CAGR vs. IRR: An Overview
The compound annual growth rate (CAGR) measures the return on an investment over a certain period of time. The internal rate of return (IRR) also measures investment performance. While CAGR is easier to calculate, IRR can cope with more complicated situations.
The most important distinction between CAGR and IRR is that CAGR is straightforward enough that it can be calculated by hand. In contrast, more complicated investments and projects, or those that have many different cash inflows and outflows, are best evaluated using IRR. To back into the IRR, a financial calculator, Excel, or portfolio accounting system is ideal.
- The most important distinction between CAGR and IRR is that CAGR is straightforward enough that it can be calculated by hand.
- The concept of CAGR is relatively straightforward and requires only three primary inputs: an investment’s beginning value, ending value, and the time period.
- IRR considers multiple cash flows and periods—reflecting the fact that cash inflows and outflows often constantly occur when it comes to investments.
The concept of CAGR is relatively straightforward and requires only three primary inputs: an investment’s beginning value, ending value, and the time period. Online tools, including CAGR calculators, will spit out the CAGR when entering these three values. An example of a CAGR calculation follows.
- Initial Value = 1,000
- Final Value = 2,200
- Time period (n) = 4
[(Final Value) / (Initial Value)] ^ (1/n) – 1
In the above case, the CAGR is 21.7%.
The CAGR is superior to an average returns figure because it takes into account how an investment is compounded over time. However, it is limited in that it assumes a smoothed return over the time period measured, only taking into account an initial and a final value when, in reality, an investment usually experiences short-term ups and downs. CAGR is also subject to manipulation as the variable for the time period is input by the person calculating it and is not part of the calculation itself.
The CAGR helps frame an investment’s return over a certain period of time. It has its benefits, but there are definite limitations that investors need to be aware of.
In situations with multiple cash flows, the IRR approach is usually considered to be better than CAGR.
IRR is uniform for investments of varying types and, as such, IRR can be used to rank multiple prospective projects on a relatively even basis. The IRR is also a rate of return (RoR) metric, but it is more flexible than CAGR. While CAGR simply uses the beginning and ending value, IRR considers multiple cash flows and periods—reflecting the fact that cash inflows and outflows often constantly occur when it comes to investments.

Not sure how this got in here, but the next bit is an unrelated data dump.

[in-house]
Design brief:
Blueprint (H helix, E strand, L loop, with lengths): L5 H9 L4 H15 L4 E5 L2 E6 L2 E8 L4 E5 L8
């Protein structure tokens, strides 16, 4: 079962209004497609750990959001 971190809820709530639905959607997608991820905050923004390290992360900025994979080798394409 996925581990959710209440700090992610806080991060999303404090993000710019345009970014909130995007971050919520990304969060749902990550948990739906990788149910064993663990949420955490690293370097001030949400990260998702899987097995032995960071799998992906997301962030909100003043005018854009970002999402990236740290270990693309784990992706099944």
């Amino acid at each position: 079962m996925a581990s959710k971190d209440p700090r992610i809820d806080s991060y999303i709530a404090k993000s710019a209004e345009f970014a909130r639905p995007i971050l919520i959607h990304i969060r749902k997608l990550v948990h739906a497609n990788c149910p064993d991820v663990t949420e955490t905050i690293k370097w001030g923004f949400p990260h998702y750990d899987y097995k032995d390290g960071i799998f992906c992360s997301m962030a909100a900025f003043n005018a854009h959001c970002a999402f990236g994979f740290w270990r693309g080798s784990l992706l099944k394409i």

IRR can also be used in corporate finance when a project requires cash outflows upfront but then results in cash inflows as an investment pays off. Consider the following investment:
In the above case, using the Excel function “IRR,” the rate is 36.4%.
The IRR is classified as a discount rate that utilizes net present value (NPV), making all cash flows equal to zero in a discounted cash flow (DCF) analysis. In most situations, the higher the IRR, the better the investment option. IRR is often used by companies when they must choose which project is best between many options. A project that has an IRR above its cost of capital is one that will be profitable.
In reality, investments experience volatility. There is never a continuously smooth market cycle that experiences linear growth. When running a business or when expecting any sort of cash inflow, it is important for a business or investor to understand this so that they can successfully manage their cash.
For example, if a company makes an investment that provides $5,000 a month, which covers their debt payments and working capitalusing CAGR they may expect that every month for the life of the project or investment they will receive a continuous cash stream of $5,000. However, some months may result in market or business volatility, where the investment return will be less than $5,000, or even be zero. This would impact their ability to make debt payments or fund working capital.
The Bottom Line
It is therefore more conservative and accurate to use IRR when seriously evaluating any investment options, as it will take into consideration true market volatility and the realities of the financial world.